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Farewell to the first female president of Algonquin

A dated glass plaque hangs on a wall above a desk full of mementos. On it reads “Meet Algonquin’s Newest President” with a photo of Cheryl Jensen attached to it. Promotional college coffee mugs and family photos all lined on the window sills.

A book titled Robot-Proof, Higher Education in the Age of Artificial Intelligence is laid out on the desk with planners and endless papers, each one a reminder of daily tasks and appointments.

Panoramic views of the Nepean area, lit by sunlight, brightens up the presidential bureau on the top floor of C-building. The walls are covered with various artworks and a once empty office is now turned into an oasis of memories.

They’re all signs that show that this is a woman who values knowledge, organization and time management.

Despite the bright and airy atmosphere, however, a bittersweet emotion can be sensed as soon as you enter the floor.

A change is coming.

After 40 years of full-time employment, President Cheryl Jensen has announced on March 26, she will be retiring at the end of her five-year contract, in August 2019.

“It’s time for me to change priorities a little bit, take a block of time where my husband and I will travel and spend some time with our grand kids and our kids, and then I’ll decide what is important to me and what passions I have to give back to the community,” said Jensen.

As the college’s first female president, Jensen has left multiple lasting impressions. Advancements with “Truth, Reconciliation and Indigenization”; building several new partnerships and expanding the college’s academic programs are to name a few.

Placing Algonquin on the map and making it a known institution for growing companies was a goal of hers from the start. Jensen admired Algonquin before coming here and felt pride in her position every day for the past five years.

“What I wanted to make sure was that pride was felt by everybody. I called myself the chief storyteller; what I knew needed to be done by talking to the community was make sure that all of Ottawa knew about Algonquin, and what we do here. I think that’s been done. I think we’ve got a very strong profile within the city and are seen as a major pillar in city building which is very important,” said Jensen.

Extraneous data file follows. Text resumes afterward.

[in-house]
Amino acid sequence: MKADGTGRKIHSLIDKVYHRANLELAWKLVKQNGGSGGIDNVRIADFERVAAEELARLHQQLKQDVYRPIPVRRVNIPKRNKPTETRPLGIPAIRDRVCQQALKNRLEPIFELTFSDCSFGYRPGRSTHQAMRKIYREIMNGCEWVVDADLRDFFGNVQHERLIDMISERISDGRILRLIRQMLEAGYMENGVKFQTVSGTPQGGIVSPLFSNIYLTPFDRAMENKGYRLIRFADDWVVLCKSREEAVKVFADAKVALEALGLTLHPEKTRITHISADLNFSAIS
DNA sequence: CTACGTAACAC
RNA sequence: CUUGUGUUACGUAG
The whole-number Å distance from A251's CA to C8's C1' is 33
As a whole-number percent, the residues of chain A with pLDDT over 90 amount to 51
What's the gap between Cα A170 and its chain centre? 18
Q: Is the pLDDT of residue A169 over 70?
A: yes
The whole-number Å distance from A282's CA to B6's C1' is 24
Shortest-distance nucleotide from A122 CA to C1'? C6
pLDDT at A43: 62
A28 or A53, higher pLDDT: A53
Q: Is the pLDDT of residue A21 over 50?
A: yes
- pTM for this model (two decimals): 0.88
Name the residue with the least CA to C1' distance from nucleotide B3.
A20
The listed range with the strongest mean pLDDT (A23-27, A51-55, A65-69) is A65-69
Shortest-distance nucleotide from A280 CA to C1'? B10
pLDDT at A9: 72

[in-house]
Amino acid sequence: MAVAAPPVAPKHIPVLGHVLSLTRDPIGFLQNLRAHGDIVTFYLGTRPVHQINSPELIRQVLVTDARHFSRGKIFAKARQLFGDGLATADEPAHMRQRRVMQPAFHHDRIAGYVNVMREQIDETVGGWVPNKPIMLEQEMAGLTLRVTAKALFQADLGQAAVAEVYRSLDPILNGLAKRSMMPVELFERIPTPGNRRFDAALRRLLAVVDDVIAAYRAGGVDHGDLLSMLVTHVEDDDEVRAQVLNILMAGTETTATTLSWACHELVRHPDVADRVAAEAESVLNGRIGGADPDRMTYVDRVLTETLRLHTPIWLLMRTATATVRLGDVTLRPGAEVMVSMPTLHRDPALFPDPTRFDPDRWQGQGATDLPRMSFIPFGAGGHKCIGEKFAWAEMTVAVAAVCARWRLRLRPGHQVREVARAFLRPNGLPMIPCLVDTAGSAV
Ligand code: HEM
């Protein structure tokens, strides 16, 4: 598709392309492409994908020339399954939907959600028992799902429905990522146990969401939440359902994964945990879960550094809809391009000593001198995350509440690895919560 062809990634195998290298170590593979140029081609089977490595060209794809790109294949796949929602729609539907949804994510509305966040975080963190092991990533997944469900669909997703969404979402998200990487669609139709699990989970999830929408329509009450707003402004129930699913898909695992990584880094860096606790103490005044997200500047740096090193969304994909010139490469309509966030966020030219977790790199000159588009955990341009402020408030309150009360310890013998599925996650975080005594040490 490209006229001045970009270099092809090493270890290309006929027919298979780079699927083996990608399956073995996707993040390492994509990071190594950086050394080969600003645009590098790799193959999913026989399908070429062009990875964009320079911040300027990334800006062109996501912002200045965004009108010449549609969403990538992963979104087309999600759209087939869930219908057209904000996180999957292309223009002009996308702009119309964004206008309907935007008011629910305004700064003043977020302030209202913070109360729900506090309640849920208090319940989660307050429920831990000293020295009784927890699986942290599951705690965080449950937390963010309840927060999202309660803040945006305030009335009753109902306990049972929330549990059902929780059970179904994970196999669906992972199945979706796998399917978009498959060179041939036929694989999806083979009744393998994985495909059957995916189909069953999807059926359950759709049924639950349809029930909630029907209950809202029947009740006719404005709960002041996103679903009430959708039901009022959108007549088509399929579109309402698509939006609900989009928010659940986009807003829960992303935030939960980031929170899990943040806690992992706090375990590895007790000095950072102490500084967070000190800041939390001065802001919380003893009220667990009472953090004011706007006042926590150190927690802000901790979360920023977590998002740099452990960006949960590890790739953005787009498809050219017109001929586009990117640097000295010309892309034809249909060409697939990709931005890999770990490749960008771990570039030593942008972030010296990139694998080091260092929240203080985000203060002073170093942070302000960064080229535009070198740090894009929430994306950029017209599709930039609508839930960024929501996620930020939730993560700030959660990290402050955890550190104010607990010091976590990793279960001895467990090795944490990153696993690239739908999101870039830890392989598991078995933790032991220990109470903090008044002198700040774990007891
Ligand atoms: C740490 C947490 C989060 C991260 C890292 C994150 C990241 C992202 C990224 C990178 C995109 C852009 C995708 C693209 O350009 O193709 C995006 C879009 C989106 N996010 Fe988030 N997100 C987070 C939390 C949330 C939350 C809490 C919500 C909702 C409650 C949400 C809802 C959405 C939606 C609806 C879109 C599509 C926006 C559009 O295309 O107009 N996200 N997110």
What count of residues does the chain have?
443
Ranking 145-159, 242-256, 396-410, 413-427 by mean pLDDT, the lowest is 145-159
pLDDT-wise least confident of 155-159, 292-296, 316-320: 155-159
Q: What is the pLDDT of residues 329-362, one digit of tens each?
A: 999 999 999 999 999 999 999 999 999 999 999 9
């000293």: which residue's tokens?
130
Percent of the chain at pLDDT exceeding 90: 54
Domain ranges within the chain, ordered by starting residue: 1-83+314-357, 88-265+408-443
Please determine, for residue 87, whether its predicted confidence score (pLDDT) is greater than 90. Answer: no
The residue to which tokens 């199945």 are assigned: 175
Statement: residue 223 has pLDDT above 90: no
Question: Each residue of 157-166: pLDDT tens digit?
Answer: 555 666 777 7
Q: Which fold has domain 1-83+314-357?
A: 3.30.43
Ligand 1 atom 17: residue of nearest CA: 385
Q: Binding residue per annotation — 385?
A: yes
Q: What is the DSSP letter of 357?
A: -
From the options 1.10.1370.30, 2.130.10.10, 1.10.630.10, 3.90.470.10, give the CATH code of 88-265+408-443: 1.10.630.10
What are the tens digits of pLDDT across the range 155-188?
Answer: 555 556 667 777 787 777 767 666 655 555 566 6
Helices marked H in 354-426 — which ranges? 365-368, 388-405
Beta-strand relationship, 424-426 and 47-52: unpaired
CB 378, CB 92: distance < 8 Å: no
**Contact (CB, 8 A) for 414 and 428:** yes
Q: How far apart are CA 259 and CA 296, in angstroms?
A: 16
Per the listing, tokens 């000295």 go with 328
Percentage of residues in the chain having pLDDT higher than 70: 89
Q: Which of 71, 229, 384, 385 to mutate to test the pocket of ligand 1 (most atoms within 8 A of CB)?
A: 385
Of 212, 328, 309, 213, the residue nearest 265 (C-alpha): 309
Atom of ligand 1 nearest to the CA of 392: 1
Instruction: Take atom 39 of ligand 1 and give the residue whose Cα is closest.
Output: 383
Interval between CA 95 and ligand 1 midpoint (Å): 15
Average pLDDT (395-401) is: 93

Initiating the People Plan, a method for personal success and the installation of the DARE District are other staples in her legacy at the college.

The news of her retirement came as a shock to the college community.

Board of Governors Chair, Peter Nadeau, mentioned he spoke with Jensen about her retiring, yet they hadn’t decided on anything concrete.

“It was a surprise, Cheryl kept it very secret,” he said. “It certainly wasn’t something anybody had on the horizon. I was certainly hoping she would [take another term].”

Another campus leader was just as surprised.

“My heart sunk. It is such a bittersweet feeling because she deserves her retirement, but there was always a part of me that wanted her to be there when I walked across the graduation stage. Her leadership and friendship really have been so impactful,” said Deijanelle Simon, Students’ Association president.

Senior Vice President, Academic Claude Brulé, knew Jensen before they started working together at Algonquin, and will miss their camaraderie.

“We have a saying: It’s family first always, and we knew how important her family is to her, and knowing that her family is at some distance we weren’t surprised she wanted to make those connections stronger,” said Brulé.

Jensen’s retirement comes at a time where the college has many issues on its plate: Ontario adjusting its tuition fees, the sexual assaults reported on Canadian campuses and Algonquin’s smoking controversy. A number of faculty members have also taken a voluntary retirement incentive, making this year the largest year of retirees Algonquin’s community has seen.

Nadeau shared his concerns about finding a proper candidate for the role. While he has every confidence that the board will put forth Algonquin’s priorities during the selection process, Jensen will be leaving large shoes to fill.

“I’m of course concerned that we find the right candidate. Cheryl has made a huge impact (during) her time at Algonquin. Not just the college but the community will feel her departure. So yeah it’s going to be a big job to find the right candidate. I’m confident that the rep that the college has,” said Nadeau.

“Despite an organization this size there are always going to be difficult issues to deal with, it’s not the issues, it’s finding the right candidate for the job.”

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